As glucose levels drop, your brain struggles to control emotions, which is why lashing out and irritability are common side effects of hunger.
Apart from a lack of glucose, your brain is also influenced by the appetite hormones which are released when you are hungry. These hormones are linked to anxiety and stress, which can make you more prone to small bursts of anger, or “hanger.”
Boosting Emotional Health With Food
Understanding that diet plays a role in mood and emotions can help to develop treatment plans for those with eating disorders as well as depression. Poor diet and poor mood can become a vicious cycle if not corrected, and your health will suffer greatly.
A small mood change from skipping a meal is one thing, but prolonged diet and eating issues can contribute to serious mental health problems that can interfere with your life.
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Making sure you never skip a meal is one way to prevent being hangry. In addition to this, you can boost your mental and emotional health with certain dietary changes.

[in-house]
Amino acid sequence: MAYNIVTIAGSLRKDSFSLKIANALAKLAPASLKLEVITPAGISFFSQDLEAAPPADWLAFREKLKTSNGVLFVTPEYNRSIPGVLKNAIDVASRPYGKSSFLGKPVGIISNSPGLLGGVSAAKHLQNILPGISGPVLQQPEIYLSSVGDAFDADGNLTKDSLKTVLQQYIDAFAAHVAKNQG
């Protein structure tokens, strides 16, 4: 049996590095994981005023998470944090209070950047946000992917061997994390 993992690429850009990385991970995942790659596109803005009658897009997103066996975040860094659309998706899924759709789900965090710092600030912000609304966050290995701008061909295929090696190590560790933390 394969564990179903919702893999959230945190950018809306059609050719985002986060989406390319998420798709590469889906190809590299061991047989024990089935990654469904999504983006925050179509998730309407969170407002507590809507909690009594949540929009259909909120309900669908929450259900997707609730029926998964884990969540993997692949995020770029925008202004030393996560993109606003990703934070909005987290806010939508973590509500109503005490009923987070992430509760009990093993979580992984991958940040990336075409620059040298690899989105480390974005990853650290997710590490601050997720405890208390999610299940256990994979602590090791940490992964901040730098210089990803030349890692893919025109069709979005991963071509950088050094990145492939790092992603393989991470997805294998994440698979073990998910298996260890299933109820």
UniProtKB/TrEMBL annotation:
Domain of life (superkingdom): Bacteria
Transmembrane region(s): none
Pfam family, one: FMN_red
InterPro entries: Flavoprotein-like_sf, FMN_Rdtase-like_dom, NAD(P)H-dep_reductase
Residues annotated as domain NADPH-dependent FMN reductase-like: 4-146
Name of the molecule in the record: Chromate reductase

Sugar highs and lows clearly impact your mental health, so managing these levels with nutritional strategies may help prevent those hangry outbursts and promote overall good mental health. Here’s what you can do:
Eating regular meals has been shown to keep your blood sugar levels steady. When you are constantly providing an even source of fuel for your body, blood sugar and mood will remain stable too.
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The occasional drop in blood sugar and energy levels may be from missing a meal, but you need to watch for hypoglycemia, which is a condition where you need to eat more often than normal.
Should you notice the hangry feeling and drops in blood glucose frequently throughout the day, make sure to discuss this with your doctor.
Know What to Avoid
Certain foods will negatively impact your mood so need to be removed from your shopping list. Refined carbohydrates are the biggest culprit and can be found in sodas, candy, and most other junk foods. The simple sugars in these foods cause large spikes and crashes in your blood glucose levels which will cause your mood to take a roller-coaster ride.